Try that in Magic and you’re in for a long, long day. You lose a lot more than the ante. You lose the game. And if you get a dog’s breakfast for your next hand as well? You’re out of the match.

Can you imagine that in poker? Survey the scene with me, if poker and Magic were intertwined:

The seasoned shark looks at his cards in a game of straight up Texas Hold’em. Three of clubs and seven of hearts. The right play is just to fold – it’s too expensive to see the flop at this table. Of course, there’s no folding in Magic, so he has to run ’em, and he does, and of course he gets wrecked. 0-1. His opponent WAS holding those Kings (double Compost or double Standstill or double Something-That-Wrecks-Him); he knew it all along. He just couldn’t do anything about it. As soon as the eyes of the enemy were alight with that unmistakable mischief and the words”I’ll keep” were headed his way, he knew it.

But so what? You can’t fold and get out of the way of the freight train, can you?

In poker, you can chase a risky action and get burned, but at least it is your choice to chase that action. In Magic, you take what you get dealt and sometimes you just get buried like an old bone in the backyard.

And that, dear reader, is the heart of the matter. People just can’t deal with losing when they perceive it to be beyond their control. I’ll wager that there are very few dust-ups over a game of chess; you have no excuses in chess, nor do you have any in poker when you take a bad beat. Magic, on the other hand, is a minefield of human interaction. There’s no other game where you have to stroke your opponent just to keep him from blowing his top at the table. How many butts have you kissed to keep things civil when there are land-drops being missed? A thousand? More?

I know I’ve puckered up and smooched a few landflooded behinds in my day.

There are unwritten Magic etiquette rules for this sort of thing, and they only exist because people can’t deal with losing when, in their mind, it just isn’t fair. I know this from experience, because I pull beauties like that all the time. I sigh, I shake my head, I put my cards down in disgust.

Let me feed you a couple of scenarios. How often have you experienced these?

Scenario 1:

You’re playing at FNM and you’re in the finals against someone who usually beats you. Your opponent stops laying land on turn 2. He shakes his head and says “unbelieveable” after missing his third turn land-drop.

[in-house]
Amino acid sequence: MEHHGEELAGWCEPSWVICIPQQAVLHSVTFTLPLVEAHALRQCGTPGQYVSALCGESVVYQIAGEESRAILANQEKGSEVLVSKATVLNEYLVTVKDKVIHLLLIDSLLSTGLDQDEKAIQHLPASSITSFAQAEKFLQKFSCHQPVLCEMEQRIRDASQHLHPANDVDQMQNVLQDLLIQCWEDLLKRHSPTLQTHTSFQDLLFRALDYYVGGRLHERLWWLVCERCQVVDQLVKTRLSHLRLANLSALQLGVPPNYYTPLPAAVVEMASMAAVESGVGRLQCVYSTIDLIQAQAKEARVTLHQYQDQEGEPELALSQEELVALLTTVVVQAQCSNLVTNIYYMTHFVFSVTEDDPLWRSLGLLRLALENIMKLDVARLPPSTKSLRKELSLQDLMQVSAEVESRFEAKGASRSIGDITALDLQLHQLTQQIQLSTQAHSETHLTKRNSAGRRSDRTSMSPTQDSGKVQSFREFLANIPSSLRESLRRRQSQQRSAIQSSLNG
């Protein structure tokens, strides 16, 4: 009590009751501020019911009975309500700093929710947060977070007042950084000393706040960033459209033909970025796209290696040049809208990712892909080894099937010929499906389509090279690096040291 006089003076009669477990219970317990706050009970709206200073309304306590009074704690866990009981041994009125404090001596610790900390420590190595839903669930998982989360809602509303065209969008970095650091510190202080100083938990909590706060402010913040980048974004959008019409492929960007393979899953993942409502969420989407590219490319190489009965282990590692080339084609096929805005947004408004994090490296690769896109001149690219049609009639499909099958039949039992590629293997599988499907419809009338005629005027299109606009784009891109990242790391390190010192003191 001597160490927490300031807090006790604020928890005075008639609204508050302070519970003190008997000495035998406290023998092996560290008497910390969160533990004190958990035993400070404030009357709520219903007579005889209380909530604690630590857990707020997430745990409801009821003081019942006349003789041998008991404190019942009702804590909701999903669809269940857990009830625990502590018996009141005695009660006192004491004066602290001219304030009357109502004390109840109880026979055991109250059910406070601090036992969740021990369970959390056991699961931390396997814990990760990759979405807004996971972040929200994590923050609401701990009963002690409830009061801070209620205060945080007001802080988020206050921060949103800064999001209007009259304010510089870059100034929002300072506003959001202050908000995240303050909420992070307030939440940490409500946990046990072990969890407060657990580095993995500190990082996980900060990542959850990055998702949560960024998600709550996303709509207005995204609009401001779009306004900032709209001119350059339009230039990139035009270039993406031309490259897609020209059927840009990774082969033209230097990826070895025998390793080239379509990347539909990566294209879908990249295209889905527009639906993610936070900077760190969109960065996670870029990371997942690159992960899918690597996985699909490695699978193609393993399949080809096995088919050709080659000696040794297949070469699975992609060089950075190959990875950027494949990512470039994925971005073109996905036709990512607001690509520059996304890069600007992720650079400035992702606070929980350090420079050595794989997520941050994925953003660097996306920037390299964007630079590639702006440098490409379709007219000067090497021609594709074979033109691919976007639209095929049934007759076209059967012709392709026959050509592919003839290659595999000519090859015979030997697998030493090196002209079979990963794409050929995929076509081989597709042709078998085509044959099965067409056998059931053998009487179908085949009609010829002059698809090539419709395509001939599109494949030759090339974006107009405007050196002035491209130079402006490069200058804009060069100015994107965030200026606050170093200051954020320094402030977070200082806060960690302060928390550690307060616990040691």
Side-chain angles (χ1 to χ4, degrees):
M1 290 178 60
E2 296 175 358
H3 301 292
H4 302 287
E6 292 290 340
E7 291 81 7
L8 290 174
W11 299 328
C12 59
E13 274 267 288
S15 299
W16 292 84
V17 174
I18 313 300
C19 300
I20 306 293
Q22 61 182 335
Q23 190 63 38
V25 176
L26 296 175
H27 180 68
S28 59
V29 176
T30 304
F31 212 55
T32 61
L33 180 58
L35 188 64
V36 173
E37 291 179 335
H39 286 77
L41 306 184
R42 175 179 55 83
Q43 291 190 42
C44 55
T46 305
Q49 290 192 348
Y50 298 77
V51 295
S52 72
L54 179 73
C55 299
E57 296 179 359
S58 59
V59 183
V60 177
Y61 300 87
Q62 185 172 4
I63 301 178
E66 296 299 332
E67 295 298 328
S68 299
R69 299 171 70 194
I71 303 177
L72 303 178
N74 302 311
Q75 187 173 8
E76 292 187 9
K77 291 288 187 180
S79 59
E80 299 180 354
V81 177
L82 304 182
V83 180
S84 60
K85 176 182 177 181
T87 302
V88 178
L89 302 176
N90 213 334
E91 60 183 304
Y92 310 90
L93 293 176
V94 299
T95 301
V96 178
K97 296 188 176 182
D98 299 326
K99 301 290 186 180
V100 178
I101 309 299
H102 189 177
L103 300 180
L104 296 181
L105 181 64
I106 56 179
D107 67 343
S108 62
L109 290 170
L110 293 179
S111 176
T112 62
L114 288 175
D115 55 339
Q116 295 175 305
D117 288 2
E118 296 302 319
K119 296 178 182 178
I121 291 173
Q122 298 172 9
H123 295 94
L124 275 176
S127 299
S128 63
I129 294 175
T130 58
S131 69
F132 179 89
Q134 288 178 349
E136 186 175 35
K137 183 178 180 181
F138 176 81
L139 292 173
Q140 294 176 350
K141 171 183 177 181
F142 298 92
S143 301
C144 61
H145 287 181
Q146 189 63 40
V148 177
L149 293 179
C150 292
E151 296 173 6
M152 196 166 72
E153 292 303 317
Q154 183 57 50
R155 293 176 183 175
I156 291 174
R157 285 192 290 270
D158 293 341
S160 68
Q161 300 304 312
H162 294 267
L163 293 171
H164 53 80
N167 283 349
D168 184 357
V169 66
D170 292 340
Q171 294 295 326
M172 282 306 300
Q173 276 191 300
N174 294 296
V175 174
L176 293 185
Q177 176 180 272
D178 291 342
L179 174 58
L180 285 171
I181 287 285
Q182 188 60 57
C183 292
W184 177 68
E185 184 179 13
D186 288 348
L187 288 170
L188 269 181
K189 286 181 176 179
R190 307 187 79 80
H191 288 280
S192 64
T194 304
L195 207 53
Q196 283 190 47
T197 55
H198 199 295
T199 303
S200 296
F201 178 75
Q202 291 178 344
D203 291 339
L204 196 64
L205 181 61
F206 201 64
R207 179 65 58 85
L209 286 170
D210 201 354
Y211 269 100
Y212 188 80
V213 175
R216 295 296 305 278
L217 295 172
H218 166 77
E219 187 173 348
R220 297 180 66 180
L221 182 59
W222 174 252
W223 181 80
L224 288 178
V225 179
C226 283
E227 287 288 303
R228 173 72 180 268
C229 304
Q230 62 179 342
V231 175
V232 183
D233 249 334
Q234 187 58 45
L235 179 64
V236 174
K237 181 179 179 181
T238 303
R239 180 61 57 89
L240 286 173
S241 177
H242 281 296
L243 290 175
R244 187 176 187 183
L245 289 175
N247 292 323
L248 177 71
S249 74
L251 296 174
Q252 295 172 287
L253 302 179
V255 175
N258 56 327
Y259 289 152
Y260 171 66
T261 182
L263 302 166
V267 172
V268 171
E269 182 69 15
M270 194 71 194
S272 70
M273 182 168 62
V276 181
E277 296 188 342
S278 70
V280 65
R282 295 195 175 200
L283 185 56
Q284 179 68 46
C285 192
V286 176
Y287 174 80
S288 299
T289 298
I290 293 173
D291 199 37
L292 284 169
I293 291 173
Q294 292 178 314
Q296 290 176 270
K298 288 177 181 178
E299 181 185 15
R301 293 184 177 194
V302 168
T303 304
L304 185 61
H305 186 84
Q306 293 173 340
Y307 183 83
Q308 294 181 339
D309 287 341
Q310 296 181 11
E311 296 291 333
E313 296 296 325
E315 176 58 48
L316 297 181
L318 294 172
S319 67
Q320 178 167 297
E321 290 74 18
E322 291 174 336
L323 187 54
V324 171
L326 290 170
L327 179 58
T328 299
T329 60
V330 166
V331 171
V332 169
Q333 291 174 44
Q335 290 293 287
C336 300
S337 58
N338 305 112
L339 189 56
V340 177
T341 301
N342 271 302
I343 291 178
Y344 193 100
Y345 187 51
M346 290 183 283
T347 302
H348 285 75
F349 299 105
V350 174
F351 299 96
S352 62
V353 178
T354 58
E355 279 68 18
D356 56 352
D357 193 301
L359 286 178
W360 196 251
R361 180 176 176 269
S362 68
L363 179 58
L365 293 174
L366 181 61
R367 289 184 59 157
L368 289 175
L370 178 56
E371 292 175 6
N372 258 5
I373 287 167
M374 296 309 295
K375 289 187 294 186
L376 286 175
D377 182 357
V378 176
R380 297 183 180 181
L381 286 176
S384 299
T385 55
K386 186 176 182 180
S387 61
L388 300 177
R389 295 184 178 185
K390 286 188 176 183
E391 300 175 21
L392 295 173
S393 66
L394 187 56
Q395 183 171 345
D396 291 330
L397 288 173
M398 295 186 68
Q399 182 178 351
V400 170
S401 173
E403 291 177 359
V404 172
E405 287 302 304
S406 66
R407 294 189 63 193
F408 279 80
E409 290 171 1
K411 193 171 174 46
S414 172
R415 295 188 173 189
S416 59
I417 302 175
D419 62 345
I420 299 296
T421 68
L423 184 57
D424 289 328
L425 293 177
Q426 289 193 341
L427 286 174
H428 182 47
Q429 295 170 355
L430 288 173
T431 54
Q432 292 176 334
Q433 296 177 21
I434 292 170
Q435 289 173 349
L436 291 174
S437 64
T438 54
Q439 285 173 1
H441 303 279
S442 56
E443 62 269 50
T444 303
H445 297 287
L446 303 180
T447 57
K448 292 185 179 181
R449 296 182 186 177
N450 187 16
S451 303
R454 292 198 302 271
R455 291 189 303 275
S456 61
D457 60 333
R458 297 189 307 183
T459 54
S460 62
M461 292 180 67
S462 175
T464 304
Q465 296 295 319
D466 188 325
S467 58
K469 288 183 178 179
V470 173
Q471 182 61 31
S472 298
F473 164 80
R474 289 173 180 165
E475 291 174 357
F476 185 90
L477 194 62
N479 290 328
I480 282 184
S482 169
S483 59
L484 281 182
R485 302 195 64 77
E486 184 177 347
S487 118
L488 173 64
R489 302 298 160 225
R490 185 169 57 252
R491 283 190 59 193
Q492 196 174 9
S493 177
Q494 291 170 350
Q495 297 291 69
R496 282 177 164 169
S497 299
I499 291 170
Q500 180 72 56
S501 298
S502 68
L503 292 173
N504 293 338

Now, as soon as he misses that land drop, you’ve got some options, and they are all terrible.

Do you:

a) Prepare to smooch some serious rear with a statement like “Man, that’s brutal”, followed by “Sorry man, that wasn’t even a game” after you win?

b) Remain totally silent, pretty much killing the social aspect of the game?

c) Make a joke that he probably won’t find funny (e.g. “Landscrewed, huh? Yeah, I have skills!”)

d) Transcend the situation and run a victory lap

e) Try to discuss the game state, and strategy and so on, as you normally would

A quick note about option E: Never do this. If I’m landscrewed and getting pounded by something janky like a Cephalid Constable, I don’t want to hear “Yeah, I tested this guy a lot and figured he’d be good.” Remember, in a landscrew game, you are not allowed, by the rules of Magic etiquette, to act like it is a normal game. You’ll get nothing but contempt for such brevity.

Incidentally, if your opponent is one of the very few serious players who can handle losing an important game to mana screw, there is a sixth option:

f) Continue playing normally and have fun, not letting the whole thing dampen the fun of the game for either of you.

I have some bad news for you: There is no such thing as a serious player who can handle losing an important game to mana screw. The only exceptions happen when you’re already qualified, already guaranteed money, and so on… And those games aren’t really”important.” Likewise, games that you can handle losing are not”important.” Important games are the ones you really, really, really, really want to win.

Anyone who can walk gracefully away from a manascrew or unbeatable opposing draw in an important game is a better man than I, because this beleaguered scribe simply cannot do it. Before I leave the table in such a situation, I have to at least say something snarky, like “Gee, that was fun,” or “I can’t believe that bull***t,” or the ever popular “#$%&!”

Why? Well, because it’s not right. It’s not fair. All the basic children’s things. (Gee, you’re sure priming Wayne Alward’s pump – The Ferrett)

Scenario 2:

It’s an important match at a high K-value event. You have one Lightning Rift in your otherwise-average draft deck, but you do have ten cycling cards. Your opponent has a very good B/G deck that includes a Naturalize in the sideboard. You play your Lightning Rift on turn 2 both games and just win, and even when your opponent does board in the Naturalize, he doesn’t draw it. He also doesn’t draw his Silklash Spider or Visara the Dreadful in either game.